I recently had a chat with a single mother of two who was telling me how tough life is from a financial point of view. So I asked her the obvious question ‘Are you not getting any child support from the father?’ According to this mum she has been trying to get maintenance payment from the children’s father for the past three years, she has appeared in court several times, sometimes twice in a month and each time there is either a postponement or the father is asked to bring documentation to prove he cannot afford the maintenance.
This mum also tells me the father lies about his income and expenses as he drives a fancy car and is often seen ‘eating out’. He fails to bring the proper documents which cause the case to constantly be postponed. What is even more frustrating is that he gets away with it in terms of the law as the court officials are nowhere near as tough with him as they should be. This same dad not only refuses to support his children financially, but he is also not present emotionally as he has not seen his children for the past few years. The mum has now had no choice but to let the matter go as she had been taking too much time off work over the years to attend court and is fearful of losing her job, seeing that she is the only bread winner for her children.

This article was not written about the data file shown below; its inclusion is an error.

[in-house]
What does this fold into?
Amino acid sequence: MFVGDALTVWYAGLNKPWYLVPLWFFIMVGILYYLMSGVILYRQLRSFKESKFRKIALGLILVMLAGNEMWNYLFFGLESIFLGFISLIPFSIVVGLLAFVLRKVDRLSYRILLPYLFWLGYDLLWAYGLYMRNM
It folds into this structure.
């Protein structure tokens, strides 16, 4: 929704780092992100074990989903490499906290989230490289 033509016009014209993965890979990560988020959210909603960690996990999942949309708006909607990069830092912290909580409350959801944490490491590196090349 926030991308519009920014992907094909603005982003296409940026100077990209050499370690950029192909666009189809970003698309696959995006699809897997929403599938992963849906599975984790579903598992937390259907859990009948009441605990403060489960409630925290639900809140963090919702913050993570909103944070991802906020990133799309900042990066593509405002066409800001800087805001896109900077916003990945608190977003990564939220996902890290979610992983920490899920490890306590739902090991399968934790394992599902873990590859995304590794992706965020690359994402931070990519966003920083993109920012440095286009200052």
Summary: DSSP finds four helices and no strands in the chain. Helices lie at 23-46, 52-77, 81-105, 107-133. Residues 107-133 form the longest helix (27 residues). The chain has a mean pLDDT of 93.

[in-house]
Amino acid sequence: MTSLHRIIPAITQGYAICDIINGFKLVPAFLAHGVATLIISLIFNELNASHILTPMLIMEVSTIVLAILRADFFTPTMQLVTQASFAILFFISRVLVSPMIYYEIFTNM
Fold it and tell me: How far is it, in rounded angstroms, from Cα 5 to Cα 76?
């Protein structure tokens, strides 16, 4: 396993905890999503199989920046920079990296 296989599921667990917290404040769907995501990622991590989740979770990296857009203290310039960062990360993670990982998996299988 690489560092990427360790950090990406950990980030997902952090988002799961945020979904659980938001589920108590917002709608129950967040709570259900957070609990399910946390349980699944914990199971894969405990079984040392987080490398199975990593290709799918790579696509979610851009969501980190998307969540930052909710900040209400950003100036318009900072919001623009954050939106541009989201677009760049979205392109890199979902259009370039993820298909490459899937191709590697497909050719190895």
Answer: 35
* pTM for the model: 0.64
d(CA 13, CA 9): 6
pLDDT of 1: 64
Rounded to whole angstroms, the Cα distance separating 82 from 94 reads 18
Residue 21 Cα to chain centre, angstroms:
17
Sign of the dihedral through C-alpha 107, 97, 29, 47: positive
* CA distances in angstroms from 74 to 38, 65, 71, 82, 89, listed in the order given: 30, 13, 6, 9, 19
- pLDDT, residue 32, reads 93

This mum’s story made feel sad, not only for her, but for all the single mum’s out there trying to get child support from ‘these absent fathers’. This also made me recall an interesting research paper by the South African Institute of Race Relations titled ‘First steps to Healing the South African Family’. According to this paper, in 2009, there were 48% of children with absent but living fathers in South Africa. This is a huge percentage and I wouldn’t be surprised if it is amongst the highest in the world.
Research also points to the numerous disadvantages for children who grow up without a father, such as experiencing emotional disturbances, self esteem issues and struggling to cope in school. Considering the huge effect an absent father has on the well being of their child it becomes important for the country to enforce the maintenance law by holding fathers more accountable. The legal system should also be more supportive of mothers claiming maintenance and not have the process dragged out for years.
Can absent fathers be avoided through enforcement of the law? Is it possible that fathers who pay maintenance are more likely to maintain contact with their children versus fathers who are not involved financially? If so, should the law be tougher on dads who are not supporting their kids financially?
It makes me wonder if the law is allowing fathers to get away with their irresponsibility towards their children. What do you think?
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